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post #46 of 53 Old 07-09-2013, 05:10 PM
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Originally Posted by gregzoll View Post

Again, there is no such thing as a 240VAC breaker. You have Single Pole, Double Pole, Quad Pole, Tandem Single Pole, type breakers.

There are two types of Tandem breakers. There is the Single slot and double slot form factor, depending on the manufacturer and panel. The Double slot can have a handle tie on it, to tie both handles together, same goes for the Quad pole breaker. You remove the handle tie, and you have a single unit with two separate poles that can allow you to control two individual circuits that are not Multi-wire branch., or you can use it to control a device that is 240vAC or MWBC, by keeping the handle tie in place.

A single slot can only be used for MWBC or a 240vAC circuit, if you have two in two single slots, and tie the handles in a way, that the two middle handles are tied together. A Single slot Tandem is not the best way to create a MWBC circuit or sistering with another breaker next to it in another slot on the other leg, because they were not intended for that.

The only way to properly use OCPD (Over Current Protection Device), is using the proper product for what you are doing.

I know that. I was just trying to make it clear to the poster that in order to have a MWBC, you must take up two full slots in the panel. Getting into quad tandem breakers would further complicate this and only make it more confusing.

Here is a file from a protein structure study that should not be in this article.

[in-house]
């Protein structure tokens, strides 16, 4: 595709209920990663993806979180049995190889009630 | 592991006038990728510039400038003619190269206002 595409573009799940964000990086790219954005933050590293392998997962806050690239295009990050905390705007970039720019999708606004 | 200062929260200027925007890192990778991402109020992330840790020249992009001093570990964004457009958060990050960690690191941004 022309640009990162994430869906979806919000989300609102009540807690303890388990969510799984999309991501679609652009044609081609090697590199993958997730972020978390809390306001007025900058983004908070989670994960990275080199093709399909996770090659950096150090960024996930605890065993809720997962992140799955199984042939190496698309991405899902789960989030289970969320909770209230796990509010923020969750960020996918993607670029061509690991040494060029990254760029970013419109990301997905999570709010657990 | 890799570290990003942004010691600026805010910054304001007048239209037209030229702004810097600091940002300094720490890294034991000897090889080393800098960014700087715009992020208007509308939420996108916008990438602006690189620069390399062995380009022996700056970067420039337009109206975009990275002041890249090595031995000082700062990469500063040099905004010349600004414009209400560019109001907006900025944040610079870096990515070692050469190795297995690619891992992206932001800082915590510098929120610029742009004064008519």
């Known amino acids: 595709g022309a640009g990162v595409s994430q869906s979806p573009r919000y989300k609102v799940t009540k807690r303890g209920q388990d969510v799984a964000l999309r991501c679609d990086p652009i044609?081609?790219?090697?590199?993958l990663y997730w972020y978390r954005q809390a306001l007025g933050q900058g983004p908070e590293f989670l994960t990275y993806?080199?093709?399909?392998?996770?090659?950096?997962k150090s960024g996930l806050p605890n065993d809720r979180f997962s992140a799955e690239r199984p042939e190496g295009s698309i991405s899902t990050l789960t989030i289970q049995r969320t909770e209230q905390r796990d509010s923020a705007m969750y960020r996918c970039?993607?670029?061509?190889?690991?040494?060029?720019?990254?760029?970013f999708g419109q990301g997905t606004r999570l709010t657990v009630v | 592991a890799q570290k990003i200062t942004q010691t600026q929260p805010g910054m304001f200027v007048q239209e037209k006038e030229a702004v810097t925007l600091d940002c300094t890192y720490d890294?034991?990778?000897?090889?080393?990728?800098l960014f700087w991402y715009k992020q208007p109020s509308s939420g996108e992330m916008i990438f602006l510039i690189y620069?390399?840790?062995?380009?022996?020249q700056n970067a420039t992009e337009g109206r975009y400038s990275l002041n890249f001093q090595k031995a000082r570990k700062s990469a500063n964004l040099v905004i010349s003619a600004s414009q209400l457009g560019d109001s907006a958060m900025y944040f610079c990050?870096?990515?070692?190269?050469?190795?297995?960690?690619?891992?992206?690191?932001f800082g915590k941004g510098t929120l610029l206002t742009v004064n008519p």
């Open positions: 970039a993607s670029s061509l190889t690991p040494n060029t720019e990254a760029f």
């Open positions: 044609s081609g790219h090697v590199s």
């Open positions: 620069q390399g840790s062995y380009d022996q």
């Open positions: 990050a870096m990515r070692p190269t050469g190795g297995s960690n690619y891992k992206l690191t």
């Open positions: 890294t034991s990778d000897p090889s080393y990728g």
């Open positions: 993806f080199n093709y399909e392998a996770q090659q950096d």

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Suggest you read up on electrical methods or take a class at a local trade school regarding electrical service and performing the duties of a licensed professional electrician Glimmie. Giving out the information that you have on this thread, not only endangers others, but has been a lot of misinformation in how to handle what the OP is wanting to do.

That comment is uncalled for. I hold a BSEE as well as 25 years experience in designing large communications facilities. I work with UPS systems in the 500kw plus range. So don't lecture me on codes. There is nothing in my posts that is incorrect. Perhaps I and others may have used the wrong inner circle electrician terms but then again I don't hang out and socialize at electrical supply houses. I hang out with electrical PE's. I bet I can throw out a few terms that will send you for a spin.

Show me exactly where I gave out unsafe advice. You are all hung up on these terms. The point here is that you cannot share two hots on the same phase with a single neutral. Any combination of breakers that allows that is not to code and dangerous.

P.S.
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Again, there is no such thing as a 240VAC breaker. You have Single Pole, Double Pole, Quad Pole, Tandem Single Pole, type breakers.
You forgot three pole breakers. Ever see one of those? They are very common on commercial and industrial.

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post #47 of 53 Old 07-09-2013, 06:57 PM
 
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Glimmie a Three pole Breaker is for use on Three phase service. As for the BSEE, anymore it is no better than having a Associates. You learn from experience of doing stuff over time, or talking about it. Don't think I am busting your chops, it is just that at times it gets frustrating when you go back and forth about this stuff on forums. The only time I really get pissed, is when you have the types on here and other boards that outright attack someone because the person being the attacker feels that they are above others.